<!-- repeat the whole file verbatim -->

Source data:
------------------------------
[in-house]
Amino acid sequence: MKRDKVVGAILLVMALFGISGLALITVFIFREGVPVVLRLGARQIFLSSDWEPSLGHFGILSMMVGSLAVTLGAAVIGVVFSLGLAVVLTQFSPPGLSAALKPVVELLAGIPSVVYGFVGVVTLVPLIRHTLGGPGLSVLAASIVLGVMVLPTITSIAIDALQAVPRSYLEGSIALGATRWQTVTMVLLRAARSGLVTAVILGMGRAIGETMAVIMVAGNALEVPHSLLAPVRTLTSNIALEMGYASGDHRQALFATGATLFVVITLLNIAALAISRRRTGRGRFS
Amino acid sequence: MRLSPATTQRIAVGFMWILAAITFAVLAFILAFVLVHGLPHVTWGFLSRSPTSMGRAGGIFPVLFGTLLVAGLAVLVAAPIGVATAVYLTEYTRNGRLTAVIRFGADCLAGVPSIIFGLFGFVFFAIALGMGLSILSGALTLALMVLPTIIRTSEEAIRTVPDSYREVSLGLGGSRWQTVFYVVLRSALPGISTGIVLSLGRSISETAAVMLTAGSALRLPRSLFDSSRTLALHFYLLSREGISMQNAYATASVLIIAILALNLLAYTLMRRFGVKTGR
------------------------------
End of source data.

[in-house]
Amino acid sequence: MKRDKVVGAILLVMALFGISGLALITVFIFREGVPVVLRLGARQIFLSSDWEPSLGHFGILSMMVGSLAVTLGAAVIGVVFSLGLAVVLTQFSPPGLSAALKPVVELLAGIPSVVYGFVGVVTLVPLIRHTLGGPGLSVLAASIVLGVMVLPTITSIAIDALQAVPRSYLEGSIALGATRWQTVTMVLLRAARSGLVTAVILGMGRAIGETMAVIMVAGNALEVPHSLLAPVRTLTSNIALEMGYASGDHRQALFATGATLFVVITLLNIAALAISRRRTGRGRFS
Amino acid sequence: MRLSPATTQRIAVGFMWILAAITFAVLAFILAFVLVHGLPHVTWGFLSRSPTSMGRAGGIFPVLFGTLLVAGLAVLVAAPIGVATAVYLTEYTRNGRLTAVIRFGADCLAGVPSIIFGLFGFVFFAIALGMGLSILSGALTLALMVLPTIIRTSEEAIRTVPDSYREVSLGLGGSRWQTVFYVVLRSALPGISTGIVLSLGRSISETAAVMLTAGSALRLPRSLFDSSRTLALHFYLLSREGISMQNAYATASVLIIAILALNLLAYTLMRRFGVKTGR